Religious Right Trying to Balance Movement Orthodoxy with Politics
Antiabortion and anti-homosexuality are the twin sociopolitical orthodoxies of the religious right. And that means the Christian Coalition has emerging heresies and schisms to contend with. The Republican antiabortion center is not holding.
The coalition is running smack into political reality as it looks for presidential candidates among politicians who are religious conservatives -- such as abortion-waffler Dan Quayle -- rather than among religious conservatives who would be politicians -- such as 1988 GOP presidential bidder and televangelist Pat Robertson.
An antiabortion stance is not an electable presidential commodity anymore, regardless of party. A constitutional amendment on abortion is yesterday's politics.
This phenomenon also explains much of Democratic politics -- why, for example, antiabortion Democrat Gov. Robert Casey of Pennsylvania (to the Democrats' shame), was not permitted to address the 1992 Democratic convention.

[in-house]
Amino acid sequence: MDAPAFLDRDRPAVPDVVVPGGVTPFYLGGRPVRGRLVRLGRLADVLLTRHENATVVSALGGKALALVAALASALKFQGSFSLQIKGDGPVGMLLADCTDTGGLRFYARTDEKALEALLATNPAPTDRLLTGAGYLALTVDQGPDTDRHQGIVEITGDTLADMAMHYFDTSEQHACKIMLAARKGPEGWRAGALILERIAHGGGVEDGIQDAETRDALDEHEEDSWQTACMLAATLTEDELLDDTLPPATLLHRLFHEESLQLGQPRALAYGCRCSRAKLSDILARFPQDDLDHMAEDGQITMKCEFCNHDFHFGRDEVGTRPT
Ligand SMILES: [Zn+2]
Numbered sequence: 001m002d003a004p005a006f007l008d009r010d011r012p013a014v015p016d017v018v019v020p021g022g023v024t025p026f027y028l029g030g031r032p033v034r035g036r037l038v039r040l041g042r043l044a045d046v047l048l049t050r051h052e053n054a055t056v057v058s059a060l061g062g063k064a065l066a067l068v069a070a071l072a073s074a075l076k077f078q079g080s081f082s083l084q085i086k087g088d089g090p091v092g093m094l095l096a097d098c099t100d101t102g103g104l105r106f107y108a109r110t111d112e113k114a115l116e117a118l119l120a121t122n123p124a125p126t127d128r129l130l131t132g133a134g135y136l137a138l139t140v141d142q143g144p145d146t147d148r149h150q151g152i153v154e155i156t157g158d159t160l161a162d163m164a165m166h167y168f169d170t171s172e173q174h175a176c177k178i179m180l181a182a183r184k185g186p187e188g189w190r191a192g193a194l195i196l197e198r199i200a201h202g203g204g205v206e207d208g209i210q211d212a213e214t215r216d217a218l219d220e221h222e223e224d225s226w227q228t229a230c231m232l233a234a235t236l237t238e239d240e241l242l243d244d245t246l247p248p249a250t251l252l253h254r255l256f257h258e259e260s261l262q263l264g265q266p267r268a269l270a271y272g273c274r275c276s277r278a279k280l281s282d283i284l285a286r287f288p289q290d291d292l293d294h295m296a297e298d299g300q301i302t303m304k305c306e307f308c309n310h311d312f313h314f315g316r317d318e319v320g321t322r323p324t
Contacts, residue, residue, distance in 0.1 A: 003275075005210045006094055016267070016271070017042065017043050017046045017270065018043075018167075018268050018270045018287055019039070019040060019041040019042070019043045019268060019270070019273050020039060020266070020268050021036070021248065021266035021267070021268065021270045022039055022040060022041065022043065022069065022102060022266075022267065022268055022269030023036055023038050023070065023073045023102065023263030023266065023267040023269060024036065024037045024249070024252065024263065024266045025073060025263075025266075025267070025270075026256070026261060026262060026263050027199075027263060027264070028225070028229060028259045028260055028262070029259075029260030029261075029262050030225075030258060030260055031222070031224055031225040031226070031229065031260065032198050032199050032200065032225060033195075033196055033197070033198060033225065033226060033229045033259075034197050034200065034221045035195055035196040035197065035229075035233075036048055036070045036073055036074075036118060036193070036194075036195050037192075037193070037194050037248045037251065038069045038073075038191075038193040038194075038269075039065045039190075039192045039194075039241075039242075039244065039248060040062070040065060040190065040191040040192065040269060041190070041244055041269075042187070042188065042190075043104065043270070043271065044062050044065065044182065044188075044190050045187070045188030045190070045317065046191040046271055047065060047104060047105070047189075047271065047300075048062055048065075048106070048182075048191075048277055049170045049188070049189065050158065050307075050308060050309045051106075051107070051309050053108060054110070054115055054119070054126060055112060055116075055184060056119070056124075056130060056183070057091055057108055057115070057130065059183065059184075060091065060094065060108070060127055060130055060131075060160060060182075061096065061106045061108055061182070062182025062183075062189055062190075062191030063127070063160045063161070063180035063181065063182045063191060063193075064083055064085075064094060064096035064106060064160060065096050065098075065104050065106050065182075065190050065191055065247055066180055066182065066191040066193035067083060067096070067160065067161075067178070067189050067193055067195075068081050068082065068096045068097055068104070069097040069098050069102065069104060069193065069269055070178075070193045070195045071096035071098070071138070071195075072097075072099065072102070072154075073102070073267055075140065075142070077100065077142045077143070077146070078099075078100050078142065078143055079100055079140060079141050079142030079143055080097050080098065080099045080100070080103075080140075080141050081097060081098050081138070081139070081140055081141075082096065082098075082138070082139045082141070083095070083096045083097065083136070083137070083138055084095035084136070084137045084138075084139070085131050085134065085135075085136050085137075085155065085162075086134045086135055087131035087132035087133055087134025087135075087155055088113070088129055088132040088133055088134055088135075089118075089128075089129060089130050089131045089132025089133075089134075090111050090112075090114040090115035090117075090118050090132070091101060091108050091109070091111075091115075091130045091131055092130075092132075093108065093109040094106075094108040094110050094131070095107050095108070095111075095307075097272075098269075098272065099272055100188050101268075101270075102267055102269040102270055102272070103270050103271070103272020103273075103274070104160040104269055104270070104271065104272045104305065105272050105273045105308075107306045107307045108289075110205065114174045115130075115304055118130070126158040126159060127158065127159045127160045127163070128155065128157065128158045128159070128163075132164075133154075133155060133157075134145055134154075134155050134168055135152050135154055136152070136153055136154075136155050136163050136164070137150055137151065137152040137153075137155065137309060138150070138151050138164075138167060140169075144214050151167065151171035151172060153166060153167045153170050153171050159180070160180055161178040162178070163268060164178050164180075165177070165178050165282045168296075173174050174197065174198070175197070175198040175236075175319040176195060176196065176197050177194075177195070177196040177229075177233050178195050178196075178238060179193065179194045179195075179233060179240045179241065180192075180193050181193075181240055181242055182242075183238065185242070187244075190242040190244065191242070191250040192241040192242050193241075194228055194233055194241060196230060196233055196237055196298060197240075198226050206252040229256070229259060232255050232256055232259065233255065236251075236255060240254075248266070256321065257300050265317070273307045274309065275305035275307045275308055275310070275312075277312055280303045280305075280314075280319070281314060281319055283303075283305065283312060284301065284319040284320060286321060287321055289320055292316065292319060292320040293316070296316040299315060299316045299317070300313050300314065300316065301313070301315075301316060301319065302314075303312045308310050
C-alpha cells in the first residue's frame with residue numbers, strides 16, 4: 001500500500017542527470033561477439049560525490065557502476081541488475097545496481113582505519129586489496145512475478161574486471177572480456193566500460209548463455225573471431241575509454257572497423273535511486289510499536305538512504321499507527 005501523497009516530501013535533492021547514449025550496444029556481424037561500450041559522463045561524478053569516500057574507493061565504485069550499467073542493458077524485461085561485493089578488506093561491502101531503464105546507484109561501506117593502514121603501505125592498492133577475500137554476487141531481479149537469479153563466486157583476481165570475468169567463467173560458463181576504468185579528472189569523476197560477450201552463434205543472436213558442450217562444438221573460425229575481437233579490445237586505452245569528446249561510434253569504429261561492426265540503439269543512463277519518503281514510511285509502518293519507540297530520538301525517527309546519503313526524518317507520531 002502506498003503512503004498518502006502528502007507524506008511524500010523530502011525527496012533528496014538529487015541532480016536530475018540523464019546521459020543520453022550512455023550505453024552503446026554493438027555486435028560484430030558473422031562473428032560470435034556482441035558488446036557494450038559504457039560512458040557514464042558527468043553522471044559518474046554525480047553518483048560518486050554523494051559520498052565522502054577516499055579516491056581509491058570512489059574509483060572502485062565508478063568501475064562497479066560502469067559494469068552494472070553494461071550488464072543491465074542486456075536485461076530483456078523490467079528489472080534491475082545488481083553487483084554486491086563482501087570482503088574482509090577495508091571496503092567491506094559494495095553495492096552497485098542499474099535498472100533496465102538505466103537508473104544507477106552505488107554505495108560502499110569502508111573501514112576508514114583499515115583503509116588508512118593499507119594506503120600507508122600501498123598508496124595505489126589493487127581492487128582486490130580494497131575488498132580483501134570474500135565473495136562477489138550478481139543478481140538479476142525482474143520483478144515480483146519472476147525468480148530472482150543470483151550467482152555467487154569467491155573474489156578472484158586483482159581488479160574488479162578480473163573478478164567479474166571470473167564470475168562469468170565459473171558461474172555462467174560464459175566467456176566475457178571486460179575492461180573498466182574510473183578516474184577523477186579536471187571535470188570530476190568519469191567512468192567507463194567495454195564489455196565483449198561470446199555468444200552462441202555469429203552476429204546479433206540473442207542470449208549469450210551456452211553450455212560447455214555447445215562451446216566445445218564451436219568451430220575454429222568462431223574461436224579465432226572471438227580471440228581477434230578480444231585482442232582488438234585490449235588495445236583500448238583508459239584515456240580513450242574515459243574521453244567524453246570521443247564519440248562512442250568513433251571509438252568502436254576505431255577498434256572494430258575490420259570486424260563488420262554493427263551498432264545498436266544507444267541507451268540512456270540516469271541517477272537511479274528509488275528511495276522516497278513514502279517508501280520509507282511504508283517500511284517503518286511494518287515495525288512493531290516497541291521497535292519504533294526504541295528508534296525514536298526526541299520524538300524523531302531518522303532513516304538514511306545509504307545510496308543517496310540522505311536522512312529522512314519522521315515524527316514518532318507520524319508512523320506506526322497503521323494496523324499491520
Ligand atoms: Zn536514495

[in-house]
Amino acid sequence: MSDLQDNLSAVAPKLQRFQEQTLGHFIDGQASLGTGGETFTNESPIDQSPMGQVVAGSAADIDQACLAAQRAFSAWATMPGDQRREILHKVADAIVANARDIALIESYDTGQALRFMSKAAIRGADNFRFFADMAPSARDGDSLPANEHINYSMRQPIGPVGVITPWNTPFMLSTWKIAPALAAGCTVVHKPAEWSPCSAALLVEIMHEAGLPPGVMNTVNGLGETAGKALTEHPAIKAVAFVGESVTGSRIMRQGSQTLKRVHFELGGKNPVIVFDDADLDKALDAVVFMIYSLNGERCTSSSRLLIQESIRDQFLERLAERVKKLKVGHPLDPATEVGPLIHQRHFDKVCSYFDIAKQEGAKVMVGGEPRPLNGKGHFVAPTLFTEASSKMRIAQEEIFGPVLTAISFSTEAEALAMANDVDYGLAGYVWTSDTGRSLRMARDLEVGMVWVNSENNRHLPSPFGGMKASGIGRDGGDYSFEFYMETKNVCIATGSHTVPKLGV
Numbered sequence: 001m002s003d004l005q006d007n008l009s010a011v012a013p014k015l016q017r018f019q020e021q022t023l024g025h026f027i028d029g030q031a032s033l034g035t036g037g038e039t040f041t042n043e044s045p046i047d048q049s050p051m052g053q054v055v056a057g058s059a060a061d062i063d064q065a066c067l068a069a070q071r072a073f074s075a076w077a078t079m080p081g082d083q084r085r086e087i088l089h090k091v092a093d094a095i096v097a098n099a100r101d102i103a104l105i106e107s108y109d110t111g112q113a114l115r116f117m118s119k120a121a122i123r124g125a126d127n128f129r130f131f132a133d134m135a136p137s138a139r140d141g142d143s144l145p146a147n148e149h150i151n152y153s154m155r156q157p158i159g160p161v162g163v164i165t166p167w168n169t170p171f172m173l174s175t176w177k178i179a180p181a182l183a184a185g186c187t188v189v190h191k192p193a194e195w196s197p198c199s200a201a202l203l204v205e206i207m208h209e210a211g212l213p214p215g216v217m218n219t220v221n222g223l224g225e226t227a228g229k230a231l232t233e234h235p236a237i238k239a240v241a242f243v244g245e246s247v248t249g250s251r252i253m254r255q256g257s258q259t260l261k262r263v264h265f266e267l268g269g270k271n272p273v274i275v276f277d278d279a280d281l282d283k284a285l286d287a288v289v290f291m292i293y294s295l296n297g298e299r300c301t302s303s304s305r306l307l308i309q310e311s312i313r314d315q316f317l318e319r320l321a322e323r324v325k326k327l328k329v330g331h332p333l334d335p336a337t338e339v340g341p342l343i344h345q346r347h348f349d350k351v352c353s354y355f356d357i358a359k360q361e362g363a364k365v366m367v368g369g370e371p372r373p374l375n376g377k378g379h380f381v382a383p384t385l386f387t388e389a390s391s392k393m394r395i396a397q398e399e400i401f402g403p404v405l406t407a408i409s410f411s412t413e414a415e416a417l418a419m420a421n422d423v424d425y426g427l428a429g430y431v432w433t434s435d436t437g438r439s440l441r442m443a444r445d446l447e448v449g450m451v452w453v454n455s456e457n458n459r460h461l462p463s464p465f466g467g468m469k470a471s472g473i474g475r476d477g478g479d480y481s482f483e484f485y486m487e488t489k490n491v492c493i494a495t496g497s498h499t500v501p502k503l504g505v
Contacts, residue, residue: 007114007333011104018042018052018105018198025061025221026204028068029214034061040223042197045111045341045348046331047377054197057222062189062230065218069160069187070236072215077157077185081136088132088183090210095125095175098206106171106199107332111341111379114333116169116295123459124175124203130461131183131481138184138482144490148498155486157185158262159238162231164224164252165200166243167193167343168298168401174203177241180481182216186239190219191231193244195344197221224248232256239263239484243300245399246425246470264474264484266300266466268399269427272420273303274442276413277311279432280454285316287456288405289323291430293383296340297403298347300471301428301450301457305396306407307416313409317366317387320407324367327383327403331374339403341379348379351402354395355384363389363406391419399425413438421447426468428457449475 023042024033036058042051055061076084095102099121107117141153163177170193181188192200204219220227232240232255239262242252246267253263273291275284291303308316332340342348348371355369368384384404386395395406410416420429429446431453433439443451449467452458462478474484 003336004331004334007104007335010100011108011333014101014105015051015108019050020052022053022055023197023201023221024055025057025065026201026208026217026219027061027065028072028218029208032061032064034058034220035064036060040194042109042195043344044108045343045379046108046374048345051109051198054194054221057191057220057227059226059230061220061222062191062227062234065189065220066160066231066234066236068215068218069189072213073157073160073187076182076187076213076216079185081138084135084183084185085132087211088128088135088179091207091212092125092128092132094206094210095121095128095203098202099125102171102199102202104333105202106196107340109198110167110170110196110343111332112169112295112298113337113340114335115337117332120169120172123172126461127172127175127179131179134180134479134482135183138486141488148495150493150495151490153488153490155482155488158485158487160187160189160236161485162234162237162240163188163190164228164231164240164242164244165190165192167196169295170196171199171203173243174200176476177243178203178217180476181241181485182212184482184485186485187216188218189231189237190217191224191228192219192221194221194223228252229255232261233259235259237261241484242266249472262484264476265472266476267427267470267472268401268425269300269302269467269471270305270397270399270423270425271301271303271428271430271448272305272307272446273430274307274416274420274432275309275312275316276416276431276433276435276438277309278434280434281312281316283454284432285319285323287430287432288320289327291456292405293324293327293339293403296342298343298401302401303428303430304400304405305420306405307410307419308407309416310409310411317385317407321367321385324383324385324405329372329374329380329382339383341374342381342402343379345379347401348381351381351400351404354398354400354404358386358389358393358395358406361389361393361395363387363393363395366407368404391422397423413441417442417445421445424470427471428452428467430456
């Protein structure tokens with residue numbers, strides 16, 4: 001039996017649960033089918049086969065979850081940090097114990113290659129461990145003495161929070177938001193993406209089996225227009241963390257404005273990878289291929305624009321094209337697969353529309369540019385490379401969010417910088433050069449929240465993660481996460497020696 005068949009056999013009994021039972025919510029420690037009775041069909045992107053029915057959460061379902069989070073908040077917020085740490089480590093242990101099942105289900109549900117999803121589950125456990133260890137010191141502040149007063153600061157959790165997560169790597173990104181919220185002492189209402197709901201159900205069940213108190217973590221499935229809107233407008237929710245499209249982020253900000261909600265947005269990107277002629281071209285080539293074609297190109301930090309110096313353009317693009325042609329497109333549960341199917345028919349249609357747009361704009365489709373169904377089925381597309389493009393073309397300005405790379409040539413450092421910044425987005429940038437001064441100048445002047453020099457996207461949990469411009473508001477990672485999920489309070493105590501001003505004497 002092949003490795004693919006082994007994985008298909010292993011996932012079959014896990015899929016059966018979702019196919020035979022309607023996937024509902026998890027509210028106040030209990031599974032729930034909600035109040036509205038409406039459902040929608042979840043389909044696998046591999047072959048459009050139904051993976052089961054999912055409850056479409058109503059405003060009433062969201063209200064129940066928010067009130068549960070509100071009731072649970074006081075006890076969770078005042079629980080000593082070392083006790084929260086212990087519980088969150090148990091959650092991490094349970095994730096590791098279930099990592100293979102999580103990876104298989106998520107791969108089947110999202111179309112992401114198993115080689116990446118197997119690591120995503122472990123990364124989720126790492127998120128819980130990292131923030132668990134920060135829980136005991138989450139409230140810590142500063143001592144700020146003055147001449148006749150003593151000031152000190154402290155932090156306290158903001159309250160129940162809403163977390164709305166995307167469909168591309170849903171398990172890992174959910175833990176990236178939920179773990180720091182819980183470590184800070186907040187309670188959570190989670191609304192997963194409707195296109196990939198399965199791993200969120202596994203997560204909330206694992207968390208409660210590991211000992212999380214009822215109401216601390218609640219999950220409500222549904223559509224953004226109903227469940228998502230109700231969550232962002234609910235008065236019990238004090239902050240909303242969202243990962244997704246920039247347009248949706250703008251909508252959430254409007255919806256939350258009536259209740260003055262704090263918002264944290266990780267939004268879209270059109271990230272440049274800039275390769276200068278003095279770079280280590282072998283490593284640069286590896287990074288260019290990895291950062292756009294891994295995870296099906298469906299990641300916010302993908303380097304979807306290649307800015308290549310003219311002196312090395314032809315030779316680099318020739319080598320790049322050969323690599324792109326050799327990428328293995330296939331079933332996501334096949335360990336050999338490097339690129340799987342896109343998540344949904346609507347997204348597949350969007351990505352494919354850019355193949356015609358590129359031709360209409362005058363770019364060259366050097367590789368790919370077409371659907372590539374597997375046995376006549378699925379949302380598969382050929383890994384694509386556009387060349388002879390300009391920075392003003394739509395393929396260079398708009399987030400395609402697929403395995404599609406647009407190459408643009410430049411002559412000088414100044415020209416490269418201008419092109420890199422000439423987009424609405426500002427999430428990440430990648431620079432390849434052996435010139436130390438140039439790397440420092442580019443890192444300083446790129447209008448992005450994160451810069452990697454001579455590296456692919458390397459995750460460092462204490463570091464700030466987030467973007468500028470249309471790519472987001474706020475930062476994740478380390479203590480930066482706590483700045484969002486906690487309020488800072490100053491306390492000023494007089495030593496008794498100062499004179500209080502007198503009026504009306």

Casey represents the question the Democrats duck. They, too, knew what he meant when he said to the Christian Coalition's recent annual gathering, "It is for me the bitterest of ironies that abortion on demand found a home in the national Democratic party -- my party, the party of the weak and the powerless."
Abortion issues notwithstanding, the Christian Coalition shows little sign of becoming the party of the weak and powerless. Whatever its disciples in small-town America may think to the contrary, the Christian Coalition is about power politics, not religion.
And strange, narrow and inevitably intolerant politics they always turn out to be. The Christian Coalition is a carefully orchestrated charade where numbers and linkages are concerned. It is a group of adept political operatives who inflate their advances, know how the game is played and alwyas play to win, often very skillfully. …